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Sun 7 Dec 2008 04:00 AM

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Mumbai terror attacks hit Indian tourism

The attacks have compounded problems for airlines and hotels that were already facing a slowdown.

The Mumbai terrorist attacks struck India's tourism industry at the start of peak season, compounding problems for airlines and hotels that were already facing the slowest growth in visitor numbers in five years.

"People are scared," said HA Subramanian, general manager of Shiv Niwas in Udaipur, Rajasthan, a converted royal palace where suites cost as much as $1600 a night.

"Travel agents will not take the risk of bringing people to India at least in the next couple of months. The market was already affected by the financial crisis."

Hotel occupancy will be a major casualty in the short term. It will take at least two months for confidence to be restored and travellers to return.

Subramanian said cancellations were already coming in for the hotel, owned by the Maharana of Mewar.

Terrorist attacks aimed at foreign tourists, such as the Mumbai assaults, may hurt hotel bookings and airline ticket sales for more than a year.

The island of Bali, which accounts for one-third of all foreign tourists to Indonesia, had not recovered a year after the 2002 bomb that killed 202 people, according to a World Bank report.

Shares of Indian Hotels Ltd, which runs the Taj chain, fell as much as 14 percent in Mumbai, or the most in seven years in intraday trading. EIH Ltd, owner of the Oberoi chain, plunged 18 percent, the biggest drop in more than 15 years.

Jet Airways Ltd, the nation's largest domestic airline, fell as much as 7.1 percent. Kingfisher Airlines Ltd, the second largest, tumbled as much as 10 percent.

"Hotel occupancy will be a major casualty in the short term," said K Seshadri, vice president of research at Mumbai-based Jaypee Capital Services Ltd. "It will take at least two months for confidence to be restored and travellers to return."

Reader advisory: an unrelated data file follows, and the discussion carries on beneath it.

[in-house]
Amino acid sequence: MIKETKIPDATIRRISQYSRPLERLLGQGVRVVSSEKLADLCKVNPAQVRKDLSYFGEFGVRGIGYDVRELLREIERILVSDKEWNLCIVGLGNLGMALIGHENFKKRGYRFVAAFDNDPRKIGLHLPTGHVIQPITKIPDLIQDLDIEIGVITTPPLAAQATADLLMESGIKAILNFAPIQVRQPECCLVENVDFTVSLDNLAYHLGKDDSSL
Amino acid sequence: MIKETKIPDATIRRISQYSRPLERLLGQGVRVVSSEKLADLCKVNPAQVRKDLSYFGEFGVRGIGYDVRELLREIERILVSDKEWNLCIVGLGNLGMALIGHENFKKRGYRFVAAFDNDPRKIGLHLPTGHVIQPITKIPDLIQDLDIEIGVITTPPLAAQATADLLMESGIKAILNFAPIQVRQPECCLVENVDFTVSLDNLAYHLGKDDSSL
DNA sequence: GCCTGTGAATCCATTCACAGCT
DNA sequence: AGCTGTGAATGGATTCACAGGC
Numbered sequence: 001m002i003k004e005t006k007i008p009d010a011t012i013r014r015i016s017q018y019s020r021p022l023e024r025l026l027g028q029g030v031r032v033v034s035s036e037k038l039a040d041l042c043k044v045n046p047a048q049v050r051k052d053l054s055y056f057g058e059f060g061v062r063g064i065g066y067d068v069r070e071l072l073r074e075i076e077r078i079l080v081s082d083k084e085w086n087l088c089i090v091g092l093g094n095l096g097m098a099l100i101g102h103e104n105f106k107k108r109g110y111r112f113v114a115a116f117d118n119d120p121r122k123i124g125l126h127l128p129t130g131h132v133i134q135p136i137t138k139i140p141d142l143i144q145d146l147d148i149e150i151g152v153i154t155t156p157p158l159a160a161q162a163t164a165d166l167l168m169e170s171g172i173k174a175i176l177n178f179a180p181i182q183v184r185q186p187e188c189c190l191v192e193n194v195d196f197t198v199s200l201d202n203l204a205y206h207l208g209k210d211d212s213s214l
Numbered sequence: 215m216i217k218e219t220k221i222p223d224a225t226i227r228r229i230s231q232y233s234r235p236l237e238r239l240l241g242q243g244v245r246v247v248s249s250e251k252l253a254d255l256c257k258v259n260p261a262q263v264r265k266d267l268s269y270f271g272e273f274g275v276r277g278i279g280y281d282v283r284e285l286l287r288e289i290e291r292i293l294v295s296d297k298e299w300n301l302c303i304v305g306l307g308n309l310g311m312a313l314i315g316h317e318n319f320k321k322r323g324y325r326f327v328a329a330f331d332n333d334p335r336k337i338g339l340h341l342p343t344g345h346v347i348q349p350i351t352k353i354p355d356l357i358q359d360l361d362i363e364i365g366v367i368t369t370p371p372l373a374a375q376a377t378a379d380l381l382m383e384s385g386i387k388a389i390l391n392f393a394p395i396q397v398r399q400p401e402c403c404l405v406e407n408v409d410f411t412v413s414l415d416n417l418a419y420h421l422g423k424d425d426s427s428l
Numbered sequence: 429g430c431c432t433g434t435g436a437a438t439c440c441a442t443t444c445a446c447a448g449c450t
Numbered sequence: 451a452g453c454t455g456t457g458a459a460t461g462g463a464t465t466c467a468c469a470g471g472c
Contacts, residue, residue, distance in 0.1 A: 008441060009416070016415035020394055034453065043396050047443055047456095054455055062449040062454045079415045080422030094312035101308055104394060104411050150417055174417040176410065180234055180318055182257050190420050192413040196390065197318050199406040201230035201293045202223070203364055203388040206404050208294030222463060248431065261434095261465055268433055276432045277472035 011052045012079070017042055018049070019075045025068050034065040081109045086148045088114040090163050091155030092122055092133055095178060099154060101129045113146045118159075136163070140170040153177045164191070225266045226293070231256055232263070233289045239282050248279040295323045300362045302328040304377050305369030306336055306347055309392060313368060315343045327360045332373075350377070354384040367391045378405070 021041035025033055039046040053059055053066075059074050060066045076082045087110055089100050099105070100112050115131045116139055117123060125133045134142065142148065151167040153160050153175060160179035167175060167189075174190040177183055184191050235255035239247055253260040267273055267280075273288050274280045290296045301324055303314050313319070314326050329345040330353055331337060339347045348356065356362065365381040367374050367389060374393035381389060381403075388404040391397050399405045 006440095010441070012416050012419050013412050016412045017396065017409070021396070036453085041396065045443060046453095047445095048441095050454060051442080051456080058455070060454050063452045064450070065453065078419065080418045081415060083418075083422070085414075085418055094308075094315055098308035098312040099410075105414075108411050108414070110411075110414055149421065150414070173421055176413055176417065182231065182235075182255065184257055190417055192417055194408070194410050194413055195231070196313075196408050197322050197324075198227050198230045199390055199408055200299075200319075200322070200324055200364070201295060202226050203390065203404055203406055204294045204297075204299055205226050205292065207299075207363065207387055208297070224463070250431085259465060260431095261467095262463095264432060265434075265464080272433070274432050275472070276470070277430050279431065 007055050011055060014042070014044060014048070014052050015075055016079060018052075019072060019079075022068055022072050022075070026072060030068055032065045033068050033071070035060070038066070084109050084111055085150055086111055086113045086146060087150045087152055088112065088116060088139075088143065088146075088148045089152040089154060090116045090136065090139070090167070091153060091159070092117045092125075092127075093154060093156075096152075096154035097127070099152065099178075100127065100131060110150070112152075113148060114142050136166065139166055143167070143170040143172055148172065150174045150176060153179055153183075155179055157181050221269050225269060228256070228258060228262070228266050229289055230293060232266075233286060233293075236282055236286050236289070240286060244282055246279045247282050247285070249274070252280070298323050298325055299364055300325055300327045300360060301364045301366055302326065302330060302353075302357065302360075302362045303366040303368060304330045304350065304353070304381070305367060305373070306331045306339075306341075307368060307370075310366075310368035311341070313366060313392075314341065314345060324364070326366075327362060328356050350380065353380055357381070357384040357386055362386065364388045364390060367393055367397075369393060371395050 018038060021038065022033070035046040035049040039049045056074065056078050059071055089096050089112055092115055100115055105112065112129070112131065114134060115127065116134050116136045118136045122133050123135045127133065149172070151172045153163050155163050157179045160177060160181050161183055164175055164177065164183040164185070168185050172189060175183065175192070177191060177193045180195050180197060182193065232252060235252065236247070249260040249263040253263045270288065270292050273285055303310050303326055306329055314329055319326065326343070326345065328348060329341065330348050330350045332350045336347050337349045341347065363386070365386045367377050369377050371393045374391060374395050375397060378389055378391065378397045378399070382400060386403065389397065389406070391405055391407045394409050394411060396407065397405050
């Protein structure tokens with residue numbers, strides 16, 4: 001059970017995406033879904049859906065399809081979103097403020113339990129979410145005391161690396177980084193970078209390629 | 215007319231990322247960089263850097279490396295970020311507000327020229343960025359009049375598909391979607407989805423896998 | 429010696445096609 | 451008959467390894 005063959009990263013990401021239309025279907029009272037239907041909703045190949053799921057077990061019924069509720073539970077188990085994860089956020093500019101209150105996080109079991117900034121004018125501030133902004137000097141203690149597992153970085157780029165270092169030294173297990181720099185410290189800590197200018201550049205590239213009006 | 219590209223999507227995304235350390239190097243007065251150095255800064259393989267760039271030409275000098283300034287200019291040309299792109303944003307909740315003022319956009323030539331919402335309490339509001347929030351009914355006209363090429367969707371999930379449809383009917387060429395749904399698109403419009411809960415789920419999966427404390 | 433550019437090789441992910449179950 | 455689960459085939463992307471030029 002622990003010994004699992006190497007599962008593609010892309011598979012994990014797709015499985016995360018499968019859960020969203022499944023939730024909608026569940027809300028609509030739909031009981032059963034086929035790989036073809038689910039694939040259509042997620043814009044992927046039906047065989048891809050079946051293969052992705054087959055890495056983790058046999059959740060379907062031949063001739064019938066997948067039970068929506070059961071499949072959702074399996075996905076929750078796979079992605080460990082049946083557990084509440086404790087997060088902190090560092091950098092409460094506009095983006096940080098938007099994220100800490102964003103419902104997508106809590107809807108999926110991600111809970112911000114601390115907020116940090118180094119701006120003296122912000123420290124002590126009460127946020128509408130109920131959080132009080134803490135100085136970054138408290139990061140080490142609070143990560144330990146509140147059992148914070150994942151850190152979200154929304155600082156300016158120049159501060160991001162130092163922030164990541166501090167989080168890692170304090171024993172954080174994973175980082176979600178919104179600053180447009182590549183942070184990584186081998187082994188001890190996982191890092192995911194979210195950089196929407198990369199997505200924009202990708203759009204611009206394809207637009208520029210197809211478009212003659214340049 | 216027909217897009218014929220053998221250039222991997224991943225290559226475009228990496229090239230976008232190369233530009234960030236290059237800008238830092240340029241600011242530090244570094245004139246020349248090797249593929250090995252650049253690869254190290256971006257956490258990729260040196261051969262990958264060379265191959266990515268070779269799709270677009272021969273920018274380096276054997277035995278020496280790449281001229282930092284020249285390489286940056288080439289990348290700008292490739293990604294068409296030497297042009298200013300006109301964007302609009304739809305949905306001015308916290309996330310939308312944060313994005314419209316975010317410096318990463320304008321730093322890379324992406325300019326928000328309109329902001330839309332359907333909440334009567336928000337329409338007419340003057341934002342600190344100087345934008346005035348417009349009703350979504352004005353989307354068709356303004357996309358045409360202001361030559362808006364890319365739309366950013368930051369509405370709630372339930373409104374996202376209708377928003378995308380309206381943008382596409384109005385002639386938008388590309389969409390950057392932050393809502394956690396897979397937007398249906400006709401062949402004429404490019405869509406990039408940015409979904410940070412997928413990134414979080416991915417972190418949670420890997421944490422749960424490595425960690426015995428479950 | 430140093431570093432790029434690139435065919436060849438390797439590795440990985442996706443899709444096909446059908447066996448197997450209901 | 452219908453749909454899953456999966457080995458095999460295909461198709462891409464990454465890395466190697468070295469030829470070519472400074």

GlaxoSmithKline Plc, Europe's largest drugmaker, Merck KGaA, which is seeking to expand in India, and other companies have asked employees to restrict travel to India after the attacks in Mumbai that killed 188 people.

Terrorists armed with grenades and rifles stormed into the Taj Mahal Palace and Tower hotel and the Oberoi Trident complex at about 10 pm local time on Nov 26, saying they were targeting Americans and Britons, according to witnesses.

"The target in this case has been high-profile locations where tourists frequent," Binit Somaia, a director of the Centre for Asia Pacific Aviation said. "You could expect air travel cancellations in the coming days and weeks. This is the start of the peak tourist period."

Tourist arrivals to India rose 10.4 percent in the April to September period, compared with 14.2 percent a year earlier.

One in five foreign tourists visit India in December or January, according to the Ministry of Tourism.

"I think leisure and tourism for sure will be immediately impacted," Venu Srinivasan, chairman of the Confederation of Indian Industry and head of motorcycle maker TVS Motor Co, said in an interview. "After 9/11, Britain had incidents, Indonesia had incidents and they have all come back."

Earnings for the hotel industry in the quarter ended Sept 30 "indicate demand slowdown on the back of moderation in both global and domestic economic activity," Mumbai-based brokerage India Infoline Ltd said in a Nov 7 note to clients.

Occupancy declined as much as 6 percentage points in cities such as Mumbai and New Delhi, it said.

Mumbai's Taj Palace and Oberoi are popular with international visitors to the city, India's business hub.

Previous Oberoi guests have included News Corporation chairman Rupert Murdoch and Microsoft Corporation co-founder Bill Gates, according to the hotel's website. Mick Jagger and Prince Charles have stayed at the Taj, according to the website of owner Tata Group.

Unilever's CEO Patrick Cescau and incoming CEO Paul Polman escaped unhurt from the Taj Mahal hotel after the attacks.

Indian Hotels, the biggest lodging chain in India, expects the attack to lead to a lot of cancellations, vice chairman RK Krishna Kumar said in an interview to CNBC-TV 18 in Mumbai. He said the top floor of the company's hotel near the Gateway of India has been damaged.

"The Taj Mahal Palace and Tower Hotel and the Oberoi Hotel in Mumbai contribute a lot to the revenue and profit of these companies because of the high occupancy and room rates that they command," Apurva Shah, head of research at the Mumbai-based Prabhudas Lilladher Ltd, said.

This article is courtesy of Bloomberg.

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